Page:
I needed to make sure that Jade would know where she was on the website, where she was going and where she has been. If she is feeling lost in her own life, I didn’t want her to feel lost on the website as well.

I optimized the organization of the navigation of the homepage. Depending on what Jade was feeling, she could find validation for her depression or her anxiety. She could also see other people who have suffered as well.

Yet, even after so many iteration, design critiques made me realize that the homepage was still overwhelming. I continued iterating to create an intriguing and welcoming tone with relevant articles and multimedia content.

These solutions came from rapid prototyping, usability testing and further iterations to ensure the best design-based solution.

Stories homepage low-fidelity (left) vs high-fidelity (right) iterations

5. Testing

Following the IDEO Design Process, I supported every design decision with user research, feedback and testing.

Prioritizing Information Architecture set the stage for a well thought-out layout and intuitive structure. In testing, I learned how actual user flows differed from what I had intended. For example, the FAQ page was hardly touched by younger users, but older users, like parents found it useful.

Interaction Design

No matter where any user was, it needed to be clear that every page belonged to the same website. Consistency in typography, color and layout were important for the final product.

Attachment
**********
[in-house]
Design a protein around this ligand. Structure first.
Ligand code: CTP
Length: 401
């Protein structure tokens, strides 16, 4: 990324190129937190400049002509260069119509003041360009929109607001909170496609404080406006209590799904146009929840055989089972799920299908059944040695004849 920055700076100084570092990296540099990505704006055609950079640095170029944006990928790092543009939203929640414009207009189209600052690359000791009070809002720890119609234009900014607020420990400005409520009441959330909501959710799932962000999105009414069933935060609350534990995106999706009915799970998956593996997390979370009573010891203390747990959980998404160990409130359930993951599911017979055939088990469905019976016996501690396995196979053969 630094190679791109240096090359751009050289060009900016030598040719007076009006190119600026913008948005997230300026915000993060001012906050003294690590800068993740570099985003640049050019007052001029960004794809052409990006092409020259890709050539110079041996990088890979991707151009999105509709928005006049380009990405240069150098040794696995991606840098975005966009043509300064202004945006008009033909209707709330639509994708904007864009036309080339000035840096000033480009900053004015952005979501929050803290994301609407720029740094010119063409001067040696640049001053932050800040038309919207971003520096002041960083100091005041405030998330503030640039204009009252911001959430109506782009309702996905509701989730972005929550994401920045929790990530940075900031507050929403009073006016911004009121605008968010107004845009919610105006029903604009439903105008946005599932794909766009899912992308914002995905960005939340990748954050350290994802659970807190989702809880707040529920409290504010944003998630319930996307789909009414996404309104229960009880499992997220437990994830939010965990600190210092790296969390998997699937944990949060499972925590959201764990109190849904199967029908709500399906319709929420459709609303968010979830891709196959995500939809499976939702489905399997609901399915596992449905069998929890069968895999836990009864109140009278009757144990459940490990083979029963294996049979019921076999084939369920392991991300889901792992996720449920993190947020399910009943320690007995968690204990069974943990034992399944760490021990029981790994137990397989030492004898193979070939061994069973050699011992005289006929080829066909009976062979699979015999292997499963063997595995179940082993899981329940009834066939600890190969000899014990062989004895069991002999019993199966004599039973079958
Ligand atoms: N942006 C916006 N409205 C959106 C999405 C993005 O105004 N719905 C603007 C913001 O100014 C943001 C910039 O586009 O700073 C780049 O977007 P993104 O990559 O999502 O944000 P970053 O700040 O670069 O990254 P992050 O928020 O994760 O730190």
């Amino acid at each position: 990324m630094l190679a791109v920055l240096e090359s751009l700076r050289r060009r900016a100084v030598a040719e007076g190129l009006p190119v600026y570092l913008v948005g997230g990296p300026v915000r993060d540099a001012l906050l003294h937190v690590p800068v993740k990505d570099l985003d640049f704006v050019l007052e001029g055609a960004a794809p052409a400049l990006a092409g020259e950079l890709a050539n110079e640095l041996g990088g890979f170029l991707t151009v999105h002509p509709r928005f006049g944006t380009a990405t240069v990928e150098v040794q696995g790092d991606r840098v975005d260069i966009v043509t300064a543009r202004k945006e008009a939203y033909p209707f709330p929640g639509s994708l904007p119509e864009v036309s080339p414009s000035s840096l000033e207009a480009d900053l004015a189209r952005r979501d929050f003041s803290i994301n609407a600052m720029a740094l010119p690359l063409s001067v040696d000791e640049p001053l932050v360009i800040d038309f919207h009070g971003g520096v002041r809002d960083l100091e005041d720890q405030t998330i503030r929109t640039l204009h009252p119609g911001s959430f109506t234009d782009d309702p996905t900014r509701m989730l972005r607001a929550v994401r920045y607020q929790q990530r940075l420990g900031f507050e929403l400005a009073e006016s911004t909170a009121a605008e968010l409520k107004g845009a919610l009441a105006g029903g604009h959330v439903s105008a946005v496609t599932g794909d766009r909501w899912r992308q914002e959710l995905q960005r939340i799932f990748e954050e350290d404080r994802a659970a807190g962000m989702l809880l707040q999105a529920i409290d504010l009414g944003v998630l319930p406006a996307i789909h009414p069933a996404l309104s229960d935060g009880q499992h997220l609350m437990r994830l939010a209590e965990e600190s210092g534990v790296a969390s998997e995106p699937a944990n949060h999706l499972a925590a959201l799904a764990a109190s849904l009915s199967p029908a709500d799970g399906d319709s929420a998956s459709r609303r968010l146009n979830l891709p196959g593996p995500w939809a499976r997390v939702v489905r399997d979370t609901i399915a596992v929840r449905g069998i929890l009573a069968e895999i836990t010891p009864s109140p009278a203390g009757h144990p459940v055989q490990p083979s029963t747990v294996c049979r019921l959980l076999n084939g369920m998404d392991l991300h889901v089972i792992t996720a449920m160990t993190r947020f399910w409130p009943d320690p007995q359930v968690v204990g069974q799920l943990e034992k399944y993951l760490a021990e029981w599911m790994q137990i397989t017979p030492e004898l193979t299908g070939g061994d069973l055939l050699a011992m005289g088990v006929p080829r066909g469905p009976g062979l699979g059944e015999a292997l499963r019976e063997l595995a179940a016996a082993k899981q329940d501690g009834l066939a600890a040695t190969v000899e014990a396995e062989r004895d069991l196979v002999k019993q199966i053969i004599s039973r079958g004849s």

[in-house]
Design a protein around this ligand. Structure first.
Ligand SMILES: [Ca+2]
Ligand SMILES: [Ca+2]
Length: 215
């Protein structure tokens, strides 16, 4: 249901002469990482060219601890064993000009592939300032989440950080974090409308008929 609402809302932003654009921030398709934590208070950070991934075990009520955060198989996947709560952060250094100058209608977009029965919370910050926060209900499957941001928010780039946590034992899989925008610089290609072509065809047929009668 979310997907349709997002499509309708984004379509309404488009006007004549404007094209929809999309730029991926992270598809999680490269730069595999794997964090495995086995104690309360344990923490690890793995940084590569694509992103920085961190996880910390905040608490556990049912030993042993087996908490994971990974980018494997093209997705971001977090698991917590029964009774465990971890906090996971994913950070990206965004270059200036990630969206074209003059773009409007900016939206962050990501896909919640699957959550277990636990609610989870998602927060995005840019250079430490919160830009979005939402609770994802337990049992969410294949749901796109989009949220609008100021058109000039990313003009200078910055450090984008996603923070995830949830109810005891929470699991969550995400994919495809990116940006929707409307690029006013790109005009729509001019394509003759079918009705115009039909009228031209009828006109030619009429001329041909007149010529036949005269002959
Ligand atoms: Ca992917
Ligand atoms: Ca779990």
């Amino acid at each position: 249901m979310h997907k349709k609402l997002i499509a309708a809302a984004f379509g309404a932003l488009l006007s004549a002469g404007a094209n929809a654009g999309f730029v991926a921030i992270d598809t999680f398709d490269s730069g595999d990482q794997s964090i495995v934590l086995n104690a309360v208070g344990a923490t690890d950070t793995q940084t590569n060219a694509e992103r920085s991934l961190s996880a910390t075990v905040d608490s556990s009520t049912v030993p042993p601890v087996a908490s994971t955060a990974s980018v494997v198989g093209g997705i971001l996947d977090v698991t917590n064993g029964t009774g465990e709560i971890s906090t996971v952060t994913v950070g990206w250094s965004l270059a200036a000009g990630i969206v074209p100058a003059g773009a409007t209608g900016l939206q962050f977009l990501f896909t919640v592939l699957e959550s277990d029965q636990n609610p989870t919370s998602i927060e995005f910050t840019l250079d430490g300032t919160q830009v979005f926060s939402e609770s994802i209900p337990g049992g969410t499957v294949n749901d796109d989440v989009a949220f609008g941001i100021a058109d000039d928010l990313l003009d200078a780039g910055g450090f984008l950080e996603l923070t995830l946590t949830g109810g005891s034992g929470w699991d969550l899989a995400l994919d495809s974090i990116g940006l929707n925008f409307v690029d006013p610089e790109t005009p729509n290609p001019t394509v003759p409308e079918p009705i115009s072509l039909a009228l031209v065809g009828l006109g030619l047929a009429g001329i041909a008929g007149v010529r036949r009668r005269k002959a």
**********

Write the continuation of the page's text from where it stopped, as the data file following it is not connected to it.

Style Guide

Feedback was a critical feature in the introduction to the chat bot. A concern raised in a design critique was that the extra step of asking for more information allowed time for a suicidal teen to waiver about whether they really wanted to talk to someone. However, I kept in that step because I thought it was necessary to identify who needed help. A suicidal teen, a parent, a friend…?

User Flow with AI Bot

Telling the user that they are “almost there” provided visibility and operational transparency that the bot was working on connecting them to a real person, but just needed a little bit of context in order to do so.


This project had a big learning curve. If I were to re-do this project, I would focus on the following:

  • Testing — The biggest challenge and constraint was the lack of access to users like Jade. I think that had I tested with suicidal teens and survivors I would have been able to prioritize content. Instead, most of my testing came from users who knew someone who had been suicidal, but had never considered it themselves. In the end, all my testing was done with a secondary or even tertiary personas. While I was able to draw inferences based on these users, gaining access to my primary user would have given the website a stronger message.
  • User Interface — Tackling the problem of teen suicide was daunting. Next time, I would cut down my MVP to focus solely on what Jade needed, not her parents or friends. I think my UI would have been cleaner. I would have liked to spend more time on the homepage and chat modal to make it a more meaningful experience for Jade.

Final Solution

Final Prototype of Website

To find out more about teen suicide and prevention, please visit:

Thank you for taking the time to read! Feel free to connect with me on Linkedin!